Wednesday, March 16, 2005
In the next five years or so, a national system could track where every sheep, cow or horse has been.
Tonight, livestock producers have the chance to learn about voluntary efforts being made to implement such a system, which holds promise for stopping the spread of animal diseases and preventing bioterrorism.
"I think it's good for people to come hear what's being proposed," Routt County agri--cultural extension agent C.J. Mucklow said.
By working out the details through a voluntary system, it should be easier to deal with the system when it becomes mandatory, he said.
Colorado is one of three U.S. states, three tribes and two Mexican states involved in the effort to implement a voluntary identification system.
The first step in such a system is to register the ranches and farms that are home to traditional and exotic livestock. A Web site already exists to allow individual ranches and farms to register voluntarily.
The next step is finding a way to track each individual animal. That could mean, for example, that each animal has an ear tag with a chip holding information describing where the animal is from, Mucklow said. Such technologies might cost less than $1 per animal, or as much as $25 per animal, he said.
Problems arise when one herd of cattle grazes in several areas during a year, or when pieces of food animals are shipped to different places, or when current identification systems have to be integrated into the larger system.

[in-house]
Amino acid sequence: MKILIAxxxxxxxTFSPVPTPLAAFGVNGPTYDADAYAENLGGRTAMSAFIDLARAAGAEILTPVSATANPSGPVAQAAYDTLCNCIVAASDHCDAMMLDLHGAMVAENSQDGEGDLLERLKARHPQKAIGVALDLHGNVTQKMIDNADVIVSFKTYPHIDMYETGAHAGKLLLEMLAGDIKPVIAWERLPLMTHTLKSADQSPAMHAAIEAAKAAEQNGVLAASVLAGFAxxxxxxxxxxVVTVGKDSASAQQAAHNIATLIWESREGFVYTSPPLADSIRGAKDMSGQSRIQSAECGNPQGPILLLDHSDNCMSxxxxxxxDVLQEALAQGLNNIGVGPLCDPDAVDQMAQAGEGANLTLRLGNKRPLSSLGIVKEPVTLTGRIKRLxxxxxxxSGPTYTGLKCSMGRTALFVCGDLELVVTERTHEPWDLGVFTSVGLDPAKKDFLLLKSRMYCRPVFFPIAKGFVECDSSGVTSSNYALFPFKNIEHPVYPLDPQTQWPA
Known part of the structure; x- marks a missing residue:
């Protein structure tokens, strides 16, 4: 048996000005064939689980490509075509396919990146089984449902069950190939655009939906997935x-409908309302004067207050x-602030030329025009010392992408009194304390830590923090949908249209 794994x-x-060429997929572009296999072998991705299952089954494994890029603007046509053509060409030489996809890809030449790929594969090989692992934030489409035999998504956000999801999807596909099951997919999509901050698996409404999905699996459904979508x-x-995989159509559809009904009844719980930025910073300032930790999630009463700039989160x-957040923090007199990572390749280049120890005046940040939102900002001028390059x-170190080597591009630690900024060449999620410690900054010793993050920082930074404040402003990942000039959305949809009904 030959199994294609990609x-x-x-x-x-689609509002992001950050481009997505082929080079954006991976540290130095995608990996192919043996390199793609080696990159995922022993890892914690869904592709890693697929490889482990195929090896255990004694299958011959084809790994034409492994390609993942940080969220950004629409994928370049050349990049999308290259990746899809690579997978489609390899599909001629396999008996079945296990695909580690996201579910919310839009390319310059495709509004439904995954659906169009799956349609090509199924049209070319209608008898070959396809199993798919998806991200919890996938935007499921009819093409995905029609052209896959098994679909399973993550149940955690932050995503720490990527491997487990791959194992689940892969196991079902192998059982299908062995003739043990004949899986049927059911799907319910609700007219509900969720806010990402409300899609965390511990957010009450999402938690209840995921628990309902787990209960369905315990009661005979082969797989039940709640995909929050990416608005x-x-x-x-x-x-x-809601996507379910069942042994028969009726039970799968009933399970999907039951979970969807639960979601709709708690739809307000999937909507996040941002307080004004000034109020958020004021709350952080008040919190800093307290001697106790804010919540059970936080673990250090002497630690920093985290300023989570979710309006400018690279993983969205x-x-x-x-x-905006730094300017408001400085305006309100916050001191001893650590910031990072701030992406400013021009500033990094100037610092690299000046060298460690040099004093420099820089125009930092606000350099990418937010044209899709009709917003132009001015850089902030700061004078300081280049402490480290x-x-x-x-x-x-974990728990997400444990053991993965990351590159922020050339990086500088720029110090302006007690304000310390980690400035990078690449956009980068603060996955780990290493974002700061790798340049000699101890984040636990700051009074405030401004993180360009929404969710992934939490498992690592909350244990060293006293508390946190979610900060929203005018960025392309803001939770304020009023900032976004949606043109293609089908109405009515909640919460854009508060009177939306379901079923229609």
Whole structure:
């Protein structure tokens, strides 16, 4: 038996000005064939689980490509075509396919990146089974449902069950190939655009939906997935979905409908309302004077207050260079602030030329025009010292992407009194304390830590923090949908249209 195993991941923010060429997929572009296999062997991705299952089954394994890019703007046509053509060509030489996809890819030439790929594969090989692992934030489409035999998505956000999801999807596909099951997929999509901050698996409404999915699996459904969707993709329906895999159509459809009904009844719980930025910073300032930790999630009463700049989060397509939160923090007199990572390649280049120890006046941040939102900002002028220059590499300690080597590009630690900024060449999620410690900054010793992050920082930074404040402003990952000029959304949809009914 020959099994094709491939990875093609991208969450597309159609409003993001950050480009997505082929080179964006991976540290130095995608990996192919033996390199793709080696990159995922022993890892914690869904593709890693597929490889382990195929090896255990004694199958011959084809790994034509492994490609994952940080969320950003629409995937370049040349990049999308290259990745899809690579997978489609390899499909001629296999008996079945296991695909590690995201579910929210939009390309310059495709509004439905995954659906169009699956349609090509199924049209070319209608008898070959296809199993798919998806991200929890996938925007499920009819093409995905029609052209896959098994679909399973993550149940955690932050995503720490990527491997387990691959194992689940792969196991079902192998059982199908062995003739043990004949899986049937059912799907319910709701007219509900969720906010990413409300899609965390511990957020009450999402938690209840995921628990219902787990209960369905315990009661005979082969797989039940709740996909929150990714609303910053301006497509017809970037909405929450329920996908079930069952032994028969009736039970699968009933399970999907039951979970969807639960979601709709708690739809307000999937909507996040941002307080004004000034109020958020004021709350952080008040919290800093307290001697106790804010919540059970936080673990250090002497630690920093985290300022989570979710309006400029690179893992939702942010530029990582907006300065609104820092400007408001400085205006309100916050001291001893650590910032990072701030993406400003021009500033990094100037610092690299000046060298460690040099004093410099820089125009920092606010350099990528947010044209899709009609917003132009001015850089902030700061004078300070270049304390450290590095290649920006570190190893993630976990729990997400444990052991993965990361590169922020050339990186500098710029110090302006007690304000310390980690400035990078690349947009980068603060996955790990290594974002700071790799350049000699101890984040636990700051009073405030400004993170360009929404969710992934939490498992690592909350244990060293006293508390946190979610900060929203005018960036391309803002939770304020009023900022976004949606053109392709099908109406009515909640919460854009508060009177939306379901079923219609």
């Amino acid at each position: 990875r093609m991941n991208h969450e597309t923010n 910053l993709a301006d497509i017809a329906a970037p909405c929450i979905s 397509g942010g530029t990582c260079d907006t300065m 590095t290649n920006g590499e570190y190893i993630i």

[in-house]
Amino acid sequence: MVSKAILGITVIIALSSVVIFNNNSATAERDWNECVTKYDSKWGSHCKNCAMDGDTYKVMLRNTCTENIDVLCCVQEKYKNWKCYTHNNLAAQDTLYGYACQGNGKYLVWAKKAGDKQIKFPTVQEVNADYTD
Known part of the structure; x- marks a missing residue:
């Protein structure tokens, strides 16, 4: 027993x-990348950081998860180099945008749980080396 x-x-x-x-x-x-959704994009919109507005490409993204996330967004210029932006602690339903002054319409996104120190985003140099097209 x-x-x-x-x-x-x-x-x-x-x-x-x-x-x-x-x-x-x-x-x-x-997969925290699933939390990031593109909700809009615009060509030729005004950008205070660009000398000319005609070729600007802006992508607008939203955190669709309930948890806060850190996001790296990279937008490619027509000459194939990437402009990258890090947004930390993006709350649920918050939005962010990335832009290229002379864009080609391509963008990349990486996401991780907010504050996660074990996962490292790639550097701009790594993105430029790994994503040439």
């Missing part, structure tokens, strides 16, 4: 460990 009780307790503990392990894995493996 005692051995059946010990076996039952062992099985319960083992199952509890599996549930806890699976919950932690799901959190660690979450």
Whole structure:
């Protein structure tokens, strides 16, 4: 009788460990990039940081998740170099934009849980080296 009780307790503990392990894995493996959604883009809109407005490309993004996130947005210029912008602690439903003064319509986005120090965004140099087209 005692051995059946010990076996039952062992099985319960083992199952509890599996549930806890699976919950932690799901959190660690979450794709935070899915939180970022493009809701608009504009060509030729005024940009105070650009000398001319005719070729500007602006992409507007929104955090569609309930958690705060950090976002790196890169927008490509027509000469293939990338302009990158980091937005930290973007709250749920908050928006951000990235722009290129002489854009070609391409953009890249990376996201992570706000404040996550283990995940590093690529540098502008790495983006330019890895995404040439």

"You can make it real complicated, real fast," Mucklow said.
An identification system would be most helpful to stop livestock diseases from spreading because the origin of diseased animals could be identified quickly. For that reason, it also would aid efforts against bioterrorism. Finally, some countries might require that livestock be in such a system before the animals could be exported, Mucklow said.
At tonight's meeting, Muck--low will discuss why the U.S. Department of Agriculture is moving toward a mandatory animal identification system; John Heller of the RMS company will discuss RMS's role as the private company holding voluntary premise information; and Dr. Jim Grady, a veterinarian with the Colorado State University Cooperative Extension Service, will discuss the Colorado Department of Agriculture's role in animal identification.
The animal identification workshop is at 7 p.m. at the Steamboat Springs Community Center. Tagging systems will be demonstrated at a conference June 14 in Steam--boat.
-- To reach Susan Cunningham, call 871-4203 or e-mail email@example.com